To Two Friends.
Life would be sweet, were it not for the nagging death-thingy.
That inevitable; the punctuation mark at the end of the line.Which could be an exclamation point, question mark, period, semi-colon ...an ellipses (my personal choice) -- who knows.
As a child, because we lived oceans apart from our nearest relatives and grandparents, death wasn't a person, it was an object. Something shipped from overseas, in a box stuffed with peanut packaging and sawdust. A painting, a grandfather's clock, a clutch of letters written in a hand I didn't recognize, in a language I couldn't understand.
Mostly, death was over there, and kindly kept its distance for three decades.
Eventually, of course, death made its way to my side of the universe. As I was ill-prepared, death brought a tsunami of denial, more so than sadness and depression. And I found the experience completely and utterly exhausting.
What I didn't realize until that time: death cuts the major cord, but leaves so many significant minor ones -- responsibility, things we've done, things we wish we hadn't, devotion, care -- flailing around in space, attached to nothing in particular. And it's ever so tiring to follow these cords, trace their source, find where they can possibly end and anchor.
At the turn of this last century, I was in my office, waiting for a lunch date, when I got a kick in the chest. Not an ordinary kick, not that I've ever had an ordinary or any other sort of kick in the chest, but I got a kick that crashed into my chest like a 747 . "Oh God," I thought, "is this a heart attack? Should I call an ambulance?"
I locked my office door, and for the rest of the day, just laid with my head on the desk, waiting to see if I would die.
When I got home, the call on my answering machine said Dad had suffered a stroke around noon. My dad was dead.
When I flew to Seattle, his three kids organized the events to suit our abilities -- one would take care of the funeral and wake, the other pack and dispose of his lifetime of things. Mostly, I wrote, worked on my eulogy.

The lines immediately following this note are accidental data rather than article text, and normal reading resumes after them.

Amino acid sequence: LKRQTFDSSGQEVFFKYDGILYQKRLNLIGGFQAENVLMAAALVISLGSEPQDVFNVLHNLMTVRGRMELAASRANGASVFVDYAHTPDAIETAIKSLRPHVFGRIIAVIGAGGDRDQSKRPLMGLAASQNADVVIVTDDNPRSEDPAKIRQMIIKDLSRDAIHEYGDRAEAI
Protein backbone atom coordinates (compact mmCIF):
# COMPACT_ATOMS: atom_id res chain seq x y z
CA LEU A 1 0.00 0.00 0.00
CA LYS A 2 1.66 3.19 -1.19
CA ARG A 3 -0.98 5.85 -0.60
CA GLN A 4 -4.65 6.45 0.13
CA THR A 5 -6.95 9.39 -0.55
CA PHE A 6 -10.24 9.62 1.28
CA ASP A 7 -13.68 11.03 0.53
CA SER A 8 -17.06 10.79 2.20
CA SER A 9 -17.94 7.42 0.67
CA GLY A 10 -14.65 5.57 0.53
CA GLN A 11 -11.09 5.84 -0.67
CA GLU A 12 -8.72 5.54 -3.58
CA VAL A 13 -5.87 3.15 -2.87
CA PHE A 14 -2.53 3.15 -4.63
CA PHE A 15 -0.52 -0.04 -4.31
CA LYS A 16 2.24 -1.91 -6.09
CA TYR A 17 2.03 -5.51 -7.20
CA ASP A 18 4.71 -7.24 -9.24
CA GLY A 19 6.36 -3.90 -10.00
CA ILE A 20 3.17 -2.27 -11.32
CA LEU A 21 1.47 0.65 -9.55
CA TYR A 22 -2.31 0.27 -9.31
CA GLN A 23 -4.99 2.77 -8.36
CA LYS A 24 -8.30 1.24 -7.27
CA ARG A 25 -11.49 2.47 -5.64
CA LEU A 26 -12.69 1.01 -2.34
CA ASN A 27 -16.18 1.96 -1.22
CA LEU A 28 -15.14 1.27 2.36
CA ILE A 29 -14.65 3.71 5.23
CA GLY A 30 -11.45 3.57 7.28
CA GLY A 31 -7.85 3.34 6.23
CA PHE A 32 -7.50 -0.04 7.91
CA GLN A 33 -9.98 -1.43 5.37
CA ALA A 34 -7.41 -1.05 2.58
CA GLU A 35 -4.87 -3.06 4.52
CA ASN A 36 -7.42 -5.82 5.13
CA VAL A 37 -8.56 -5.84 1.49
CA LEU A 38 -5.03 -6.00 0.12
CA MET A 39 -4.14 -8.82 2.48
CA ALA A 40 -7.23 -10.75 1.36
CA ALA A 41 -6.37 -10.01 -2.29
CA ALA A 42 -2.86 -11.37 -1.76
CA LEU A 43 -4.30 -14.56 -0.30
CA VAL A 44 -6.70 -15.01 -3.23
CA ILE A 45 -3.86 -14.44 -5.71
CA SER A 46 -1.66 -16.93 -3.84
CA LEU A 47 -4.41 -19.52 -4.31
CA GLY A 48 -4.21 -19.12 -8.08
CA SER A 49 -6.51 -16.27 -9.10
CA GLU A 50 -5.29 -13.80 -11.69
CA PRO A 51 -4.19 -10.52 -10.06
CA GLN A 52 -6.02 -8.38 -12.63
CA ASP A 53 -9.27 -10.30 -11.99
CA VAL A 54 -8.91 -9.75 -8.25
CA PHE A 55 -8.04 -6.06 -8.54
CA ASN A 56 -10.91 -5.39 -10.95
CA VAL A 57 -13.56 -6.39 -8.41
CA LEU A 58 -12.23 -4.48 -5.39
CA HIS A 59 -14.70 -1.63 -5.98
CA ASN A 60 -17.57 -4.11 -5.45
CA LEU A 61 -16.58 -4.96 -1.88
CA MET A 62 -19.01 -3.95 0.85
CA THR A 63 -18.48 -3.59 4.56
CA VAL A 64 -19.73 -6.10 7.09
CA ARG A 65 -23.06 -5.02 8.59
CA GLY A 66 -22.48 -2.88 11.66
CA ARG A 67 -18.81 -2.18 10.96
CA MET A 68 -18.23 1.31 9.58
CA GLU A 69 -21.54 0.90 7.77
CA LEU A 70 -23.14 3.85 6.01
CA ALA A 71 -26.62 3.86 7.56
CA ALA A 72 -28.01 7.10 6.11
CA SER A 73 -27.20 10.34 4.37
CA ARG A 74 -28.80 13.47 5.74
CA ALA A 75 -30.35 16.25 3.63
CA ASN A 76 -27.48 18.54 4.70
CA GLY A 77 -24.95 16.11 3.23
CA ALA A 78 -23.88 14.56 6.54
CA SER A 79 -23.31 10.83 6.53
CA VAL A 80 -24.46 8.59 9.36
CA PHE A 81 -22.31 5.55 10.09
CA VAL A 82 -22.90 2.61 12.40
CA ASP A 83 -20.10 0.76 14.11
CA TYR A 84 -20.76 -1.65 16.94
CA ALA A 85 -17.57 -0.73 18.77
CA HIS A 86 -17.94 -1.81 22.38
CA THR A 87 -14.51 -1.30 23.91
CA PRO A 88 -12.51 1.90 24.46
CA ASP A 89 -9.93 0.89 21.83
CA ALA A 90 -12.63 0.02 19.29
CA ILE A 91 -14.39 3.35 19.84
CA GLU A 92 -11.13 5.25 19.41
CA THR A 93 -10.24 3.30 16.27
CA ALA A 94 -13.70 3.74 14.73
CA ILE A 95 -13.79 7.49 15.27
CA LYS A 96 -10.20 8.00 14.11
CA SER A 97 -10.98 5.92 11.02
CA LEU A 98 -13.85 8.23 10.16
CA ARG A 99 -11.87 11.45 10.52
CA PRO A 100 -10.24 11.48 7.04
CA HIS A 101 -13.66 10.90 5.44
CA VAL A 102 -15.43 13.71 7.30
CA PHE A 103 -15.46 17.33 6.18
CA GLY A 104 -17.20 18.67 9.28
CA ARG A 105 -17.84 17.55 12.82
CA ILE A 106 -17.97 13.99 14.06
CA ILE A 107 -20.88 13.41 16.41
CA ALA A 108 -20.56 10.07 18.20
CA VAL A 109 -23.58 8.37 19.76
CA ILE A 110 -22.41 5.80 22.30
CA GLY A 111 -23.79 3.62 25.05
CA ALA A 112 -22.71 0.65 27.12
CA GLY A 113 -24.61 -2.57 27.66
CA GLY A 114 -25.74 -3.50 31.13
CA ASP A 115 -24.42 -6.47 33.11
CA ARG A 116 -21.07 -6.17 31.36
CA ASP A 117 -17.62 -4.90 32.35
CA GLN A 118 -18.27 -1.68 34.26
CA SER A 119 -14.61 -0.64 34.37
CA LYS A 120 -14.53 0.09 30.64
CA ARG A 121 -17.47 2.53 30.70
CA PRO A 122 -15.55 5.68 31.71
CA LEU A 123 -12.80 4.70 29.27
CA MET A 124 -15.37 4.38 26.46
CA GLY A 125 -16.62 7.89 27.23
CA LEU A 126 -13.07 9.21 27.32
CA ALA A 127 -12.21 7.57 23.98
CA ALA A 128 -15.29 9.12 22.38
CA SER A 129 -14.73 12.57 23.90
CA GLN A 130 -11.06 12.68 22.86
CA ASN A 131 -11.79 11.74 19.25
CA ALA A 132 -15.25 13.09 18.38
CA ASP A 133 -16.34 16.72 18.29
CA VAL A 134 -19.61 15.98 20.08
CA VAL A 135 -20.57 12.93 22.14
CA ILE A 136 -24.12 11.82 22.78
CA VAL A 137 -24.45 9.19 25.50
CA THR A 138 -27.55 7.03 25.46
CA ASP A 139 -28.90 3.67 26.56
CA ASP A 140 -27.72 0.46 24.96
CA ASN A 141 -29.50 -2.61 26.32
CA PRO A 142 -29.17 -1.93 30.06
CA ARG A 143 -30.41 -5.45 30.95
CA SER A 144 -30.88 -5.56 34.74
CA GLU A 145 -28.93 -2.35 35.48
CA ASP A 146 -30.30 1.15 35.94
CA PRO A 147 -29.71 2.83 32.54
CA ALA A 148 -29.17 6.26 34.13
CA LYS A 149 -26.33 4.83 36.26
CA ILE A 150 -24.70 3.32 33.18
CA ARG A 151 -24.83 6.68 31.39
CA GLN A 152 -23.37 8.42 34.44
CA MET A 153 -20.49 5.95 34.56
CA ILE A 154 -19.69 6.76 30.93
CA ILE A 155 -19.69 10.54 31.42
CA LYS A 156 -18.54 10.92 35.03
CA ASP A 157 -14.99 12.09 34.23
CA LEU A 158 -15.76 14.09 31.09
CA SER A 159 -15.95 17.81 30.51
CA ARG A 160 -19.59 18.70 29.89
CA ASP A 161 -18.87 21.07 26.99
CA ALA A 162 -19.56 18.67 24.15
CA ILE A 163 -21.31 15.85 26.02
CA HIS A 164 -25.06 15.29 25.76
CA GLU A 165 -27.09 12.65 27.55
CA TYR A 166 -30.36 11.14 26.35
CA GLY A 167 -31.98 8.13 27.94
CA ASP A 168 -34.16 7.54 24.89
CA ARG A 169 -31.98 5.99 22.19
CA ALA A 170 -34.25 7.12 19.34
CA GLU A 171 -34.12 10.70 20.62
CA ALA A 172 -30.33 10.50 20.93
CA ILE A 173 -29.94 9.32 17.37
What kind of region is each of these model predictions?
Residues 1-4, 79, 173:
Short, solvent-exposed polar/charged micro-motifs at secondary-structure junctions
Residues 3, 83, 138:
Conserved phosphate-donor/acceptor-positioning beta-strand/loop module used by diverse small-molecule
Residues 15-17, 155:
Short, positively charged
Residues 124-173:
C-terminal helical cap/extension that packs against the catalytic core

We each wrote three very different remembrances. I was staying at his house, and my eulogy started with what it felt like to open his sock drawers. He had three sock drawers. Each so orderly, arranged according to the socks' color, texture, and purpose -- socks for skiing, hiking, running; casual socks, and socks for fancy dress. Every pair in perfect condition, some older than I was, and exquisitely darned.
My dad believed in a lifetime of use, and beyond; he could repurpose anything. I must have spent an hour or two just admiring his socks.
Anyway, I think my sister's eulogy covered his life in Norway, and accomplishments here in the U.S. My brother praised his career, and art, and courage. And I basically talked about socks.
What I didn't include was that when my dad left earth, he sent a 747 to my chest to say good-bye.
So I think there is something beyond the biological that binds us to those we love.
And I think our job, once they die, is to grant them safe passage. An enormous act of will, concentration, and of course, leap of faith.
Safe passage to where?
Don't ask me -- don't ask a person who can't roll up one single pair of socks and find a drawer to put them in.
But safe passage somewhere. Somewhere without a map or name. A place where we can see the ones we've lost, sense the things we dream, find the words we need.